Question: Based on your perceptions five years ago, what is the most surprising change that has taken place in sustainable design?
Serge: The most surprising change has been the swift adoption of sustainable strategies that seemed nearly impossible to achieve just a few years ago. The learning curve to integrate these practices was admittedly steep, but still fast to overcome. I was also surprised to witness how quickly energy code requirements in New York City have advanced as environmental awareness has spread. This is important because energy code affects all new and some existing buildings universally, including those that are not based on environmental design principles.
Question: You were the lead architect for the Bank of America Tower at One Bryant Park, the first commercial high-rise to achieve LEED Platinum. What's next?
Serge: Just doing less bad isn't the answer in the long run. We need to find ways that are truly regenerative and "right the ship." For me personally, it's the rare project that can live up to the bar that was set at One Bryant Park—right time, right client, right team, right economy, and it happened to be right for me too. For our firm, we are looking at a wider variety of projects and approaches than ever before, including ideas about biophilia, restoring the natural attributes of a site pre-development and building on our knowledge and experience so far.
Question: Can you talk about biophilia? What are the current design boundaries, and how are you breaking them?
Serge: To me, biophilia is about reconnecting with other living systems, an instinctive bond that we have distanced ourselves from as urbanites. For example, for our office at 641 Avenue of the Americas, we installed a green roof directly outside our windows on what was once a hot, black tar roof. We recorded the difference in temperature before and after installation, with amazing results. Personally, the best part has been the visual effect the roof produces—we can watch the seasons change, with life returning to a dead space after winter. Staring out onto the green space for a few minutes, watching the taller plants move with the wind, produces a calming effect.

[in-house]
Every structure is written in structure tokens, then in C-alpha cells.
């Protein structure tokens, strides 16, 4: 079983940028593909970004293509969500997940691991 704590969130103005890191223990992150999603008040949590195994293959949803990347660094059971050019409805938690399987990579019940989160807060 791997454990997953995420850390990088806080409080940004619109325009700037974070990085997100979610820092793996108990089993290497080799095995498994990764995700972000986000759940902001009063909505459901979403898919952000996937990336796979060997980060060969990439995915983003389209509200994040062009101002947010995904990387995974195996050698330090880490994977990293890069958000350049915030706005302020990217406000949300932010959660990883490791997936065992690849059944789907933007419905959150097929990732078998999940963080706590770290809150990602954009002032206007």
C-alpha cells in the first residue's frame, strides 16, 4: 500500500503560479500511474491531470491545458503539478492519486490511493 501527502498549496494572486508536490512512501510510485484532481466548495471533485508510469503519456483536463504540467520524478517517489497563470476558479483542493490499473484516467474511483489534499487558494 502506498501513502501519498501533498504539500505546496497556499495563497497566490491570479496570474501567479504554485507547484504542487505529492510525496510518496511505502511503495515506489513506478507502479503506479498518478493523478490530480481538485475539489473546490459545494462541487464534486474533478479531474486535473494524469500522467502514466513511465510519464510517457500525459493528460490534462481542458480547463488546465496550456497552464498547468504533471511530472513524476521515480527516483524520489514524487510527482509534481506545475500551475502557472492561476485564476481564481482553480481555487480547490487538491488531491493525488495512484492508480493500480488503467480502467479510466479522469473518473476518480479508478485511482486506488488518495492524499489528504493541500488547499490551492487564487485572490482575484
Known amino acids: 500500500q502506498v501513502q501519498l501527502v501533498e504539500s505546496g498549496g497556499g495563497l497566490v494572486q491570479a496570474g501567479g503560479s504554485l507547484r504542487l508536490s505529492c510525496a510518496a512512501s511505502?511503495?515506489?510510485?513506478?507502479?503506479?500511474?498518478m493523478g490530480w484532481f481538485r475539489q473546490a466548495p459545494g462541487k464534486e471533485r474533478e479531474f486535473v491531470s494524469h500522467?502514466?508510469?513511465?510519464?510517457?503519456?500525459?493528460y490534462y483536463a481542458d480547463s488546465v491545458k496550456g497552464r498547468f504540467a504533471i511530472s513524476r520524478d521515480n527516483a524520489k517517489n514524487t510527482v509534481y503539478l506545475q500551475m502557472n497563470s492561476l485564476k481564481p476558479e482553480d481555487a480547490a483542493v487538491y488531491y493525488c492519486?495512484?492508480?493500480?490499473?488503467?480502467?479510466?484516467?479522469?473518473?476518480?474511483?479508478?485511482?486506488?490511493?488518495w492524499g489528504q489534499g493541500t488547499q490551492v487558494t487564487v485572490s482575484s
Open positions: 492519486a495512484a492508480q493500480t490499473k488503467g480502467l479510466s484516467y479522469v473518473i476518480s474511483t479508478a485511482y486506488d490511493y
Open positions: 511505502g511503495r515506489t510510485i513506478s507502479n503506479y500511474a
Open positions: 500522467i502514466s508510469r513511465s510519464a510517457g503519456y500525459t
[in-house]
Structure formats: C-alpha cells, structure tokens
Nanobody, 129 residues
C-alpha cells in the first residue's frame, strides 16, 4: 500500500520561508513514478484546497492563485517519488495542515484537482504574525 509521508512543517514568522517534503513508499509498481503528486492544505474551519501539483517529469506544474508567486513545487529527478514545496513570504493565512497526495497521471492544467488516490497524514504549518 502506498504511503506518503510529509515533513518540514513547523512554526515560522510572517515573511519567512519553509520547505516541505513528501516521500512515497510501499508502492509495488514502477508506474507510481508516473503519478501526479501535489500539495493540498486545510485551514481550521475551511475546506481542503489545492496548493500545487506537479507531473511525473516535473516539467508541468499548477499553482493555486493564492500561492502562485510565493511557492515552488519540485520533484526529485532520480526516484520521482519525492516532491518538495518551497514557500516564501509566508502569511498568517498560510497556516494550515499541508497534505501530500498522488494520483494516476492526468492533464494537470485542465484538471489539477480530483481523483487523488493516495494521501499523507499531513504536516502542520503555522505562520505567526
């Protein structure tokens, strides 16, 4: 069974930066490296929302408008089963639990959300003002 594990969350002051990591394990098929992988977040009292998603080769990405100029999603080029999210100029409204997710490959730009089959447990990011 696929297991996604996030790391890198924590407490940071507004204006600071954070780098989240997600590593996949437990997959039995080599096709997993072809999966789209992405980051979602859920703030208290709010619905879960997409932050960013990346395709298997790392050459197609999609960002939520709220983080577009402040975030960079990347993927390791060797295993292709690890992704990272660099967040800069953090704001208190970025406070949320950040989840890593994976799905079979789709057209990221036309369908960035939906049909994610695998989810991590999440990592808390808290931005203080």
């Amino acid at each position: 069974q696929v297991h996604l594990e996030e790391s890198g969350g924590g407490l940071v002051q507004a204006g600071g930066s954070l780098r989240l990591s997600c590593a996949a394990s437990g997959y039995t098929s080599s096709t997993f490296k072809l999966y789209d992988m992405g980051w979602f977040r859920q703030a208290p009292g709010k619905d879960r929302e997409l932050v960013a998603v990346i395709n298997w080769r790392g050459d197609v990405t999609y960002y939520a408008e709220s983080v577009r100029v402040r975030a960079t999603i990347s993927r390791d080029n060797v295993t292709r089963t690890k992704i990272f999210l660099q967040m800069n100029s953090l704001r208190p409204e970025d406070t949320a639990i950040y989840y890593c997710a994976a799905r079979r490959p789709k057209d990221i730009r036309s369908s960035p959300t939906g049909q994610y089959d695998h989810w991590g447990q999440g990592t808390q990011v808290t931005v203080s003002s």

In today's fast-paced, globalized society, disconnection between humans and the natural world seems to be growing. Biophilic design bridges this gap, even in the middle of New York City. At One Bryant Park, which is located on the busy corner of 42nd Street and Sixth Avenue, employees can look down at green Bryant Park through the skyscraper's floor-to-ceiling glass. Finding ways to bring the outdoors in despite surroundings or location is a new challenge that I believe is crucial for any designer to consider in order to maintain the health and happiness of the occupants.
Question: What are some excuses you hear against designing a building to be more sustainable, and what do you say in response?
Serge: Unfortunately, I have heard every excuse in the book over the years, ranging from "It's too expensive" to "It's too complicated!" to "I just don't care." Despite any initial excuses that we might hear, we never give up. Many clients have allowed us to work with them and have been surprised at the end results!
One of the toughest naysayers during the One Bryant Park project recently came back to us and said he is converted. Well, not on every topic, but at least on the biophilic benefits of the ultra-clear glass!
Question: What changes do you hope to see happening with the LEED system in the next five years?
Serge: The USGBC and the LEED system have managed to make truly remarkable change in a short timeframe, leading to real transformation in the marketplace and beyond. The LEED rating system continues to become more stringent, as we can see with the new requirements in Version 3.0. Yesterday's Platinum-rated buildings might achieve Silver or Gold today. I support their approach and hope that they continue to raise the bar and act as a driver for change.
Question: Tell us something interesting about yourself.
Serge: I'm still at my first job after college—15 years.